Channel separation describes how well a coupler can distinguish wavelengths. In most couplers . the wavelengths must be widely separated. The limited number of channels for CWDM form the spectral requirements of a multi channel CWDM device. LED sources have wide spectral widths , which require each channel to be separated widely from the others. Constructing a CWDM device with many channels requires a narrow band source. Lasers , which have sufficiently narrow spectral widths allow many channels in the same optical window. CWDM allows the potential information carrying capacity of an optical fiber to be increased significantly.
A fiber cable guides light from end to end. A signal is injected in one end by an LED or by semiconductor lasers. Lasers for silica-based fiber optic cables produce light in a range called " window". These windows occupy the near infrared range.
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4 CWDM CIRCUIT COMPONENTS
The circuit components used with CWDM are similar to those used with conventional radio wave and metallic wire transmission systems.They Are given below.
1. Wavelength division MUX & DEMUX
2. Wavelength division add / drop MUX / DEMUX
3. Wavelength division routers
4. Wavelength division couplers
i 1. Wavelength division MUX & DEMUX
Multiplexers or combiners mix or combine optical signals with different wavelength in a way that allows them to all pass through a single optical fiber without interfering with one another. Demultiplexers or splitters separate signals with different wavelengths in a manner similar to the way filters separate electrical signals of
! different frequencies. Wavelength demultiplexes have as many outputs as there are
j
! wavelengths, with each output going to a different destination. Multiplexes and ; demultiplexes are at the terminal ends of optical fiber communication systems.
I
2 Wavelength division add / drop MUX / DEMUX
Add / drop multiplexers and Demultiplexers are similar to regular multiplexers and demultiplexers except they are located at intermediate points in the system. Add / drop multiplexers and Demultiplexers are devices that separate a wavelength from a fiber cable and reroute it on a different fiber going in a different direction. Once a wavelength has been removed, it can be replaced with a new signal at the same wavelength. In essence, add / drop multiplexers and demultiplexers are used to reconfigure optical fiber cables.
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3
Wavelength division routers
CWDM routers direct signals of a particular wavelength to a
specific destination while not separating all the wavelengths present on the cable. Thus, a router can be used to direct or redirect a particular wavelength in a direction from that followed by the other wavelengths on the fiber.
4
Wavelength division couplers
CWDM couplers enable more efficient utilization of the
transmission capabilities of optical fibers by permitting different wavelengths to be combined and separated. There are three basic types of WDM couplers: diffraction grating , prism and diehroic filter. With diffraction gratings or prisms, specific wavelengths are separated from the other optic signal by reflecting them at different angles. Once a wavelength has been separated, it can be coupled into a different fiber. A diehroic fiber is a mirror with a surface that has been coated with a material that permits light of only one wavelength to pass through while reflecting all other wavelengths. Therefore, the diehroic filter can allow two wavelengths to be coupled in different optical fibers.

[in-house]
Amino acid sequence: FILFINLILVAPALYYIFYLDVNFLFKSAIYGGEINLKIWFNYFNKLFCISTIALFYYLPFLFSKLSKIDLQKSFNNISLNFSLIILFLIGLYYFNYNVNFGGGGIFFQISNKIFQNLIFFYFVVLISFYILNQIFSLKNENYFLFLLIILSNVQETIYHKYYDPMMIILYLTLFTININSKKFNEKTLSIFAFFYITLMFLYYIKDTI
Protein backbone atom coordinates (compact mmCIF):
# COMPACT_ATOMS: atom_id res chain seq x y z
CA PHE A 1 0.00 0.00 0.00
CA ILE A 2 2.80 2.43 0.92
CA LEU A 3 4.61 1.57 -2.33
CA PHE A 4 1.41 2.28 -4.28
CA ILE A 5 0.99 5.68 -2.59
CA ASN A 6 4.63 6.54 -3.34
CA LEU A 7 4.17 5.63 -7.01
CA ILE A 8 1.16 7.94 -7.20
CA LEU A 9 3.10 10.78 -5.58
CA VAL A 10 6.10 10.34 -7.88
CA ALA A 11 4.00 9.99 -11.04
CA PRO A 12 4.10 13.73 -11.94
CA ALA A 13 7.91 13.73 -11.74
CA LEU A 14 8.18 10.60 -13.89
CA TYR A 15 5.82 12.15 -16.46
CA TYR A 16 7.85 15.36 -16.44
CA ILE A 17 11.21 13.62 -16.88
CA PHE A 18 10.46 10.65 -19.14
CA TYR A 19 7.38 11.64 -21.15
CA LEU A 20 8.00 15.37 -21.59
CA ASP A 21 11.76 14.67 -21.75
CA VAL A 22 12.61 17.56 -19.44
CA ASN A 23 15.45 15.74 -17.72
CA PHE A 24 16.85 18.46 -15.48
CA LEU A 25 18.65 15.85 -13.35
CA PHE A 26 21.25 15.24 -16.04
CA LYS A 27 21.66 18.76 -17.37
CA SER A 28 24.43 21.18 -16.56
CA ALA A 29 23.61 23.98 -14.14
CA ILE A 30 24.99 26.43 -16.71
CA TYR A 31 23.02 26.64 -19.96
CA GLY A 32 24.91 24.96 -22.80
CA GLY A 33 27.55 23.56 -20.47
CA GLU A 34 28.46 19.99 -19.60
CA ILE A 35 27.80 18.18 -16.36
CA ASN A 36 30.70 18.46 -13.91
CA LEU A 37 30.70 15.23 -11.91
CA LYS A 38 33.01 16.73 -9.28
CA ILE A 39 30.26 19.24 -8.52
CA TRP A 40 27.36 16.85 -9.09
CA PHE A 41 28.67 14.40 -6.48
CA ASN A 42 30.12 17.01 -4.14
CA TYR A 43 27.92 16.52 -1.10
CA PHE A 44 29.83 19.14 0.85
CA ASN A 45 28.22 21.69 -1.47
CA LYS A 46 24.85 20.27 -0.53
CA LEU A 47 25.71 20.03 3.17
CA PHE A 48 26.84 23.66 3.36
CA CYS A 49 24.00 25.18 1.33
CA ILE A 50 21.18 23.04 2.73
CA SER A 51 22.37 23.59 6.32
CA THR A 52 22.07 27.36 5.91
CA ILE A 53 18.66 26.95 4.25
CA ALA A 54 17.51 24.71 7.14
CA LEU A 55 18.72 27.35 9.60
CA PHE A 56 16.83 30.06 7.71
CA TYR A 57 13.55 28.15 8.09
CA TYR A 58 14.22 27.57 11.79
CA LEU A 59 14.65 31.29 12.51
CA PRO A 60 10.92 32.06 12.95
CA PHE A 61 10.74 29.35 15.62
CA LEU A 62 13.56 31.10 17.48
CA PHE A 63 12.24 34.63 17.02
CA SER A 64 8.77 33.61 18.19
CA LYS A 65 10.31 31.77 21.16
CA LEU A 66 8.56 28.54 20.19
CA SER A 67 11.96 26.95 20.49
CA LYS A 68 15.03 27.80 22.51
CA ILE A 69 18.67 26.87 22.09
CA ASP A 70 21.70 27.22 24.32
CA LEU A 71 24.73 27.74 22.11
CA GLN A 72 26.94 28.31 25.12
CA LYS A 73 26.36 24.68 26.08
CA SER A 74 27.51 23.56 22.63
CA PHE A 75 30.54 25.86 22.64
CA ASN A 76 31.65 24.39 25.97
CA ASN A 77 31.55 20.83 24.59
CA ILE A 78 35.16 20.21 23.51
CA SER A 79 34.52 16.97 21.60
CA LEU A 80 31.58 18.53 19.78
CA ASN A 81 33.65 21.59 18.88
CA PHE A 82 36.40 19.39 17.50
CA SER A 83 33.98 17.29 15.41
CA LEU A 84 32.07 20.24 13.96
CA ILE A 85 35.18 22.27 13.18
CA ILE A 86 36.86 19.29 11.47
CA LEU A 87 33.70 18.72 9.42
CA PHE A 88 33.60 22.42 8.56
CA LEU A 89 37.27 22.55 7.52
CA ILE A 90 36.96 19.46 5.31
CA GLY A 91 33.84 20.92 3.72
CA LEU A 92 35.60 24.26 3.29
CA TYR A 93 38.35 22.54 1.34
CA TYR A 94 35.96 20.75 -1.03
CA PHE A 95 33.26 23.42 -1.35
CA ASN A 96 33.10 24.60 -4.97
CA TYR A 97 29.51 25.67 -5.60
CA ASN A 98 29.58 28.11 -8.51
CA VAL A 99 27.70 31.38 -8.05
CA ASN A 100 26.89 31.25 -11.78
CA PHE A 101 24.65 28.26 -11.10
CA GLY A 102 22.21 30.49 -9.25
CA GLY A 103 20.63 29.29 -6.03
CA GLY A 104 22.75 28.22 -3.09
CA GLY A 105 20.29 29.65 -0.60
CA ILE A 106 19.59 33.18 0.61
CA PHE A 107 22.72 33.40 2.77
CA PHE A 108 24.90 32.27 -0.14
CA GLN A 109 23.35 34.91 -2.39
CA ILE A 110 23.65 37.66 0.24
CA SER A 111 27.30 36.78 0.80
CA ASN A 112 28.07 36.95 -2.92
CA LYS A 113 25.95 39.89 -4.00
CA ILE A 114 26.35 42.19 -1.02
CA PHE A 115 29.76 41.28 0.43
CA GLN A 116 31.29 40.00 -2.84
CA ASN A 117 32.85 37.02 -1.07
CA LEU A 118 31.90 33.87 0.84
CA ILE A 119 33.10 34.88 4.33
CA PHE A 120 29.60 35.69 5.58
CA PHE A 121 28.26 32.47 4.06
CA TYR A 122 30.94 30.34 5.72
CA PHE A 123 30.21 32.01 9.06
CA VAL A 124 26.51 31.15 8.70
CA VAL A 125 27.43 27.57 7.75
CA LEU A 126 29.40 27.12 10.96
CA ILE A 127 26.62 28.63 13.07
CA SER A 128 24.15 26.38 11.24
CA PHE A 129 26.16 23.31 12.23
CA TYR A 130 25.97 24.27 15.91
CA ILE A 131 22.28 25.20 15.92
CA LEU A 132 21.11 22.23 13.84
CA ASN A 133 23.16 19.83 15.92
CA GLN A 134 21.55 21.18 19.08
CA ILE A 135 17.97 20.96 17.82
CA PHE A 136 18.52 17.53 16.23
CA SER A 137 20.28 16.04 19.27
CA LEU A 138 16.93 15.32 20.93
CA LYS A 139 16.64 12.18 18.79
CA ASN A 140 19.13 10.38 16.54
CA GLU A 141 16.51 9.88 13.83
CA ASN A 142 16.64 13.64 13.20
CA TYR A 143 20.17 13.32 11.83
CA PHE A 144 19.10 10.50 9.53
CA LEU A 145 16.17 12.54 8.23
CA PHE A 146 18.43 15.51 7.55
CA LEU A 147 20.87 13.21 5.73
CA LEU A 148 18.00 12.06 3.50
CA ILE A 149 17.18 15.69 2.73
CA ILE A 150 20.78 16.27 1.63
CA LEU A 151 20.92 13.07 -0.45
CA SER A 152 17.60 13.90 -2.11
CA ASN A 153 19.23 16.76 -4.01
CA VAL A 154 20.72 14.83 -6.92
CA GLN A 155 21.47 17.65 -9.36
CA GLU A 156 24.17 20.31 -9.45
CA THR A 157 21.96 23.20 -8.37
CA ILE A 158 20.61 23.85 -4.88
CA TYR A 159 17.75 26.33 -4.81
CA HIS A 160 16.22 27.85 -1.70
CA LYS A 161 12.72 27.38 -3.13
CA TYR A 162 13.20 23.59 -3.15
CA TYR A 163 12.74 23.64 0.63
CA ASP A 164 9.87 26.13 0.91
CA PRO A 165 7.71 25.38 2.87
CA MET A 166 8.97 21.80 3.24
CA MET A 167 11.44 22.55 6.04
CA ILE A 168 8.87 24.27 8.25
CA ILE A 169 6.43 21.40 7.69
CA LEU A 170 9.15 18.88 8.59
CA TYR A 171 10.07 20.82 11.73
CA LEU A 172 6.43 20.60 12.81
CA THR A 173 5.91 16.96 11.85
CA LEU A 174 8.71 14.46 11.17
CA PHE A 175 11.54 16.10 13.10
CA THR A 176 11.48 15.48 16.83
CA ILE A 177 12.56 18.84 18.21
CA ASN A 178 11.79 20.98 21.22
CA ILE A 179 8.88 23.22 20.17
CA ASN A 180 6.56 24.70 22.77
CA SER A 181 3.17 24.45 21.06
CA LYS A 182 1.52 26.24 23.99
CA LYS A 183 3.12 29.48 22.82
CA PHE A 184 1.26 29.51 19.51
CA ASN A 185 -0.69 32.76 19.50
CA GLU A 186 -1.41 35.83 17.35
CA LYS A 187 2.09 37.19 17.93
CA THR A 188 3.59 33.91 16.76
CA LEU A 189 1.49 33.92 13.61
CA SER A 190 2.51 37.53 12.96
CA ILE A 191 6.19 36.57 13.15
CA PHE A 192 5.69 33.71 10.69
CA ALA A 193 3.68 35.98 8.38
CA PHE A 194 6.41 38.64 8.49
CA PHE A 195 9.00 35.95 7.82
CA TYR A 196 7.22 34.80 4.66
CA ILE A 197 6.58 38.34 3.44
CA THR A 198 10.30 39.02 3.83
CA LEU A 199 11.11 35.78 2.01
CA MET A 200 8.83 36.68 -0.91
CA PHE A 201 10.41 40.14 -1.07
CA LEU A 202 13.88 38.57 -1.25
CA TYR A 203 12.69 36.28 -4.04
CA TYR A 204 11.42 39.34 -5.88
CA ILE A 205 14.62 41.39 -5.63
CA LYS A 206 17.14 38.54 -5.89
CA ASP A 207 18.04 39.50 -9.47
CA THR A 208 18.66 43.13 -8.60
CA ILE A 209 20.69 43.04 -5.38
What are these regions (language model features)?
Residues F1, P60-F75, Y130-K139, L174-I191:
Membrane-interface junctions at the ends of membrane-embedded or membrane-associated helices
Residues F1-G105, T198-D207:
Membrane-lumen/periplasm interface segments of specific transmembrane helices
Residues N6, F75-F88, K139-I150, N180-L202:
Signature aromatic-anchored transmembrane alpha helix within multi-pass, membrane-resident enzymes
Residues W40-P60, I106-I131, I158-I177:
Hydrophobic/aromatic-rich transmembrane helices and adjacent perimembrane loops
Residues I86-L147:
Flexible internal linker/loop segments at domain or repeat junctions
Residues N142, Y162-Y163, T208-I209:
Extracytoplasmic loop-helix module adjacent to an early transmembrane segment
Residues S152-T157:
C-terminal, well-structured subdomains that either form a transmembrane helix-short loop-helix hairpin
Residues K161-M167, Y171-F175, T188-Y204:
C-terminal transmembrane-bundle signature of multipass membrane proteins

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CWDM
5.2 Optoelectronic amplifiers
Prior to the development of EDFAs , optoelectronic amplifiers were used to boost optical signals.This process is often called "3R" regeneration , referring to reamplify , regenerate and retime. Weak incoming light is converted to a voltage signal. amplified , and then converted back to light. This is impractical in high speed networks.
6 ADVANTAGES OF CWDM
1. Enhanced capacity
2. Optical components used in this are simpler
3. More reliable
4. Less cost
5. It requires only one data modulator
6. Insensitive to optical reflection
7. High temperature operation
8. Wide operating temperature ranges
9. High coupling efficiency
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7
CONCLUSION
The development of CWDM
an intermediate
technology , responded to the growing fiber network demand. With a capacity greater than WDM and smaller than DWDM , CWDM allows a modest number of channels, typically eight or less, to be stacked in the 1550nm region of the liber called the C-BAND. To dramatically reduce the cost , CWDMs use uncooled lasers with a relaxed tolerance of 3nm. CWDM transmission may occur at one of eight wavelengths : typically 1470nm. 1490nm ,1510nm ,1530nm ,1550nm ,1570nm. 1590nm, 1610nm.
CWDM
and DWDM technologies arc the
foundation of ultrahigh aggregate bandwidth data transmission in metro applications. As the required capacity of metropolitan and network systems increases uncooled CWDM systems are becoming more popular.
8
REFERENCES
1. wvAv.riber-optics.info/articlcs/cwdiTi.htm
2. linktionary.com
3. fiberdyne.com
4. Electronic communication systems by WAYNE TOMASI
Post: #2
[attachment=6817]

Coarse Wavelength Division Multiplexing (CWDM)

Introduction to


Coarse Wavelength Division Multiplexing (CWDM)


Wavelength Division Multiplexing (WDM) is a technique, which uses a special property
of fiber-optics. This property allows the combination of multiple signals onto a single
strand of fiber. Each signal is assigned to a different wavelength, of light. Since one
wavelength does not affect another wavelength, the signals do not interfere.